On Fri, Jan 17, 2014 at 09:22:19PM -0600, Neil Schemenauer wrote: [...]
Here is a far out idea to make transition smoother. Release version 2.8 of Python with nearly all Python 3.x incompatible changes except for the bytes/unicode changes. This could include:
It's hardly a "far out" idea. You're not the first to suggest this. There are many people asking for -- demanding, almost -- a Python 2.8 that provides only the subset of Python3 that they are interested in and gives them an excuse to avoid migrating for another three or five or ten years.
Because really that's what 2.8 is all about -- providing people an excuse to put off migrating for a bit longer. But the thing is, they've still got a good three or more years before 2.7 goes into "security patches only" mode, and likely years more before it becomes unmaintained. And then there's third-party support from companies like RedHat. They will continue supporting Python 2 until end of 2023:
I wonder whether the 2 to 3 transition might not have been handled better with a long-drawn out process of slowly adding backwards-incompatible changes a few at a time? This is like the old chestnut about whether it is better to ease yourself into a really cold swimming pool a little at a time, or get it over with in one go by diving in. In both cases, you have pain, is it better to have a lot of pain that only lasts a short while, or a little bit of pain that goes on and on and on and on...? I think that had Python decided to add backwards-incompatible changes a few at a time, people now would be complaining about that and demanding that there be a once-off cutover version.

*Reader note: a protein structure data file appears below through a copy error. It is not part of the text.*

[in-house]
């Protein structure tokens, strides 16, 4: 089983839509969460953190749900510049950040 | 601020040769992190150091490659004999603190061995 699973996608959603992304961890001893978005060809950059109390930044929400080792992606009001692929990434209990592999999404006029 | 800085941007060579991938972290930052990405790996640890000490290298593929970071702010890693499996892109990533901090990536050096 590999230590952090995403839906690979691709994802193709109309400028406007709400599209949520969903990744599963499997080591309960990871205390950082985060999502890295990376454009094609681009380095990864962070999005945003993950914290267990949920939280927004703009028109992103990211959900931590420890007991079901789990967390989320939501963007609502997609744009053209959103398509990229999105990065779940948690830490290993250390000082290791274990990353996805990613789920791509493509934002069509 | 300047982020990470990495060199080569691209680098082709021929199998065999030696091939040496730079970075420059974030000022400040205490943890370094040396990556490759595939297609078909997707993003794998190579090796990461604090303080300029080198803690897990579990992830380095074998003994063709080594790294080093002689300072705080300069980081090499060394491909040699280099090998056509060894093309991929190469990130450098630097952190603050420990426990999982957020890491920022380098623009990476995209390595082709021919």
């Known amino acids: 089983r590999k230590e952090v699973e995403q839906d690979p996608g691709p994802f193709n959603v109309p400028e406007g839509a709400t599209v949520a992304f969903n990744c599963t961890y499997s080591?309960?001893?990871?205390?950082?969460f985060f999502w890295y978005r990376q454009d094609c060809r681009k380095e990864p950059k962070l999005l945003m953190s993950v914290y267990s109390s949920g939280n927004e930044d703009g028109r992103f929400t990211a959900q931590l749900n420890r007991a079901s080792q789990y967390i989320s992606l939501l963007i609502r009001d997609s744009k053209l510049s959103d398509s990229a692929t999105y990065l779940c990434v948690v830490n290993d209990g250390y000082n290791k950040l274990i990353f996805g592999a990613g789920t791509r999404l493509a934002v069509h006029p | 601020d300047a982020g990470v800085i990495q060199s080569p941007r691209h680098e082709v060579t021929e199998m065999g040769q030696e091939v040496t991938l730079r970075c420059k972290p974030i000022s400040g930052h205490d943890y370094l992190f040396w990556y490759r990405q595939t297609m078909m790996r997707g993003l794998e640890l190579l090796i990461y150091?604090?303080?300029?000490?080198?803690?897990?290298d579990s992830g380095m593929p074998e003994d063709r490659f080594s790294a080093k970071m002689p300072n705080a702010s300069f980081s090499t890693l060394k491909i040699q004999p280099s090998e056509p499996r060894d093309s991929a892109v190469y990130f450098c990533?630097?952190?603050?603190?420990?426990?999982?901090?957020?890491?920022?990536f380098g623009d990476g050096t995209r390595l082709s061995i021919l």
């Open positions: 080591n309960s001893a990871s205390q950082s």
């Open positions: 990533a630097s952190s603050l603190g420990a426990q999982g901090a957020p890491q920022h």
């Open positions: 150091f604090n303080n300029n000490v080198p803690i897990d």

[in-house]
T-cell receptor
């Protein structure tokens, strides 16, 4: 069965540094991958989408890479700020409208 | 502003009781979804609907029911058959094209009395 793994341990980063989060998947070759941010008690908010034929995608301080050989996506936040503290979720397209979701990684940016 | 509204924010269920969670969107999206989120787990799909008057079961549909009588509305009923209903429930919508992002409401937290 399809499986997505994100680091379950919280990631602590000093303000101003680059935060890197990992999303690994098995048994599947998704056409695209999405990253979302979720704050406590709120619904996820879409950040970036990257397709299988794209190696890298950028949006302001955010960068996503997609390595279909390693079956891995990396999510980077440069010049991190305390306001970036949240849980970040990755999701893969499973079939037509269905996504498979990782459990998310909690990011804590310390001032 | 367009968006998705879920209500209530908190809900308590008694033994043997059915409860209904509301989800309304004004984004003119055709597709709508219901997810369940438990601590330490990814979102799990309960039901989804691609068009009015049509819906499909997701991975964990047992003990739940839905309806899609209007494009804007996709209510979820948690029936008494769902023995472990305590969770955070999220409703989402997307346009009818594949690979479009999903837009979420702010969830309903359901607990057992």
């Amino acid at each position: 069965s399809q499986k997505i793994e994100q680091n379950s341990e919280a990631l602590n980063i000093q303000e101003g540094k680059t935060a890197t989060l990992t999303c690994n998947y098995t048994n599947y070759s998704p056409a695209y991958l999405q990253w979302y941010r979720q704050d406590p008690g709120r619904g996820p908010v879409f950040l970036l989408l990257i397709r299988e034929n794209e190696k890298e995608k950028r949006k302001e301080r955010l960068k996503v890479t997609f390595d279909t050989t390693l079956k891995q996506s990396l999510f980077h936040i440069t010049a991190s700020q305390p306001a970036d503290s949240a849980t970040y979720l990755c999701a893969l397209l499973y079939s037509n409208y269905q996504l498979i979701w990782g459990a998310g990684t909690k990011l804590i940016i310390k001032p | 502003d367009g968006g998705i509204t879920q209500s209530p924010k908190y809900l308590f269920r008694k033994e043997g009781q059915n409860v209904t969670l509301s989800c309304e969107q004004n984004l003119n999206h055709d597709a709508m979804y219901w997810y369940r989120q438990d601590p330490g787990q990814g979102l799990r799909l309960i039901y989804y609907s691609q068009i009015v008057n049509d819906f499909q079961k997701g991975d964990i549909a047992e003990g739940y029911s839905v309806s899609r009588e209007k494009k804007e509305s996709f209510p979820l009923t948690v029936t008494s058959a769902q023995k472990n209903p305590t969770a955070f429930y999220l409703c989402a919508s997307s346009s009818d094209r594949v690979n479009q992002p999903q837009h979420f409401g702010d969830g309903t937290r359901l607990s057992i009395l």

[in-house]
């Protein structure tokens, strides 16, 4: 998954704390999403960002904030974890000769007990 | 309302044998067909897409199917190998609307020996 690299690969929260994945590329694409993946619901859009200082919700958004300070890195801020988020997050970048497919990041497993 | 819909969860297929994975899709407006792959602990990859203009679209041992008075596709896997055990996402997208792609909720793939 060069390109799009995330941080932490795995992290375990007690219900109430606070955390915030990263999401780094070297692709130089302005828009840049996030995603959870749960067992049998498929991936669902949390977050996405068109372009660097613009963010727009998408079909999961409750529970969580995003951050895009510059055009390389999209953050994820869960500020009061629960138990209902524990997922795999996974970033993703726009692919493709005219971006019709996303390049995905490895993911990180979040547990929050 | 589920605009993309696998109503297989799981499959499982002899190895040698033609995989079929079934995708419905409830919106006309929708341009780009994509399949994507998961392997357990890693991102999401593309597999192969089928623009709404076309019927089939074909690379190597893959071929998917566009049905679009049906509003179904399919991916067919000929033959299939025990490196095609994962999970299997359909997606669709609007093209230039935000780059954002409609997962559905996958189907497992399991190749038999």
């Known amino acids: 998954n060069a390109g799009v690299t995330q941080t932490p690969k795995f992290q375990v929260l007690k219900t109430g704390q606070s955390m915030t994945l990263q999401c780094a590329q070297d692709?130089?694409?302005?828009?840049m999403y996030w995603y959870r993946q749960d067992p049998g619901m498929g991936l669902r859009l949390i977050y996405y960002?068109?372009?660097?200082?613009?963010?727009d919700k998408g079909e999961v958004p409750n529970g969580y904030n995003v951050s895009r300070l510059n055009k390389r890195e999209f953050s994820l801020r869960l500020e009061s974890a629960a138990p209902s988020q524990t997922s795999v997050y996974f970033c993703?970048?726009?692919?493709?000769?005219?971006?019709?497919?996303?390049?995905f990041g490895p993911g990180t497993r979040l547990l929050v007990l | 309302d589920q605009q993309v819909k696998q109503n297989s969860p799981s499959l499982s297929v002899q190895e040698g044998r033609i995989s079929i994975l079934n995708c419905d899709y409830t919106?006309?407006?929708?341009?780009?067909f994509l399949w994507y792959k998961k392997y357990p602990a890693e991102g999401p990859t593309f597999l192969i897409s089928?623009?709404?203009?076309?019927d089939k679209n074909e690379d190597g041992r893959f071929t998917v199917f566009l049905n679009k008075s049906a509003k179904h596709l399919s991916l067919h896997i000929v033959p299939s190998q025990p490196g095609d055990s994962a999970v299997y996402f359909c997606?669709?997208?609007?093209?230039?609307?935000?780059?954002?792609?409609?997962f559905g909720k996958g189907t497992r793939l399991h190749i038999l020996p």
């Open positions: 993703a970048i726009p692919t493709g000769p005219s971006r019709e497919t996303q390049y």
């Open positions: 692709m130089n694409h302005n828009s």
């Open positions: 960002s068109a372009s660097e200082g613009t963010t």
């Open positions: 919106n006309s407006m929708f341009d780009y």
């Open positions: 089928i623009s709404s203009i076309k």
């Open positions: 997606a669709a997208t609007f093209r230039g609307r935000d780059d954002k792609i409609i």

- removal of 'apply', 'buffer', 'callable', 'execfile'
callable is back in Python 3.3.
Problems with this idea:
it would be a huge amount of work. [...]
if people install this new version of Python as the default, old scripts and programs will break. [...]
- It gives people an excuse to avoid migrating, and as sure as the sun rises in the east, will lead to people calling for Python 2.9 a few years from now.
An alternative approach to producing Python 2.8 would be to start with the Python 3.x latest branch. Modify bytesobject and unicodeobject to have as close to Python 2 behavior as practical.
The journey *already began* back in Python 2.6. Python 2.6 is the start of the journey, it introduces dict views, next() builtin, from __future__ absolute_import print_function and unicode_literals, and probably more that I have forgotten.
So really, people have had 2.6 and 2.7 to ease the transition from 2.5 to 3.x. If they haven't taken advantage of that, what makes you think that 2.8 and 2.9 will convince them to migrate?
But you don't have to believe me. Python is open source. Feel free to fork it and backport whatever features you like, and see how much interest you get from the wider community. Just don't call it "2.8", that sends the wrong message and is a pretty rude thing to do given that the core developers have said that they will not make a 2.8:
Just because there will not be a CPython 2.8 doesn't mean you can't go ahead with your plan to backport 3 features to a 2 base. Just call it something else.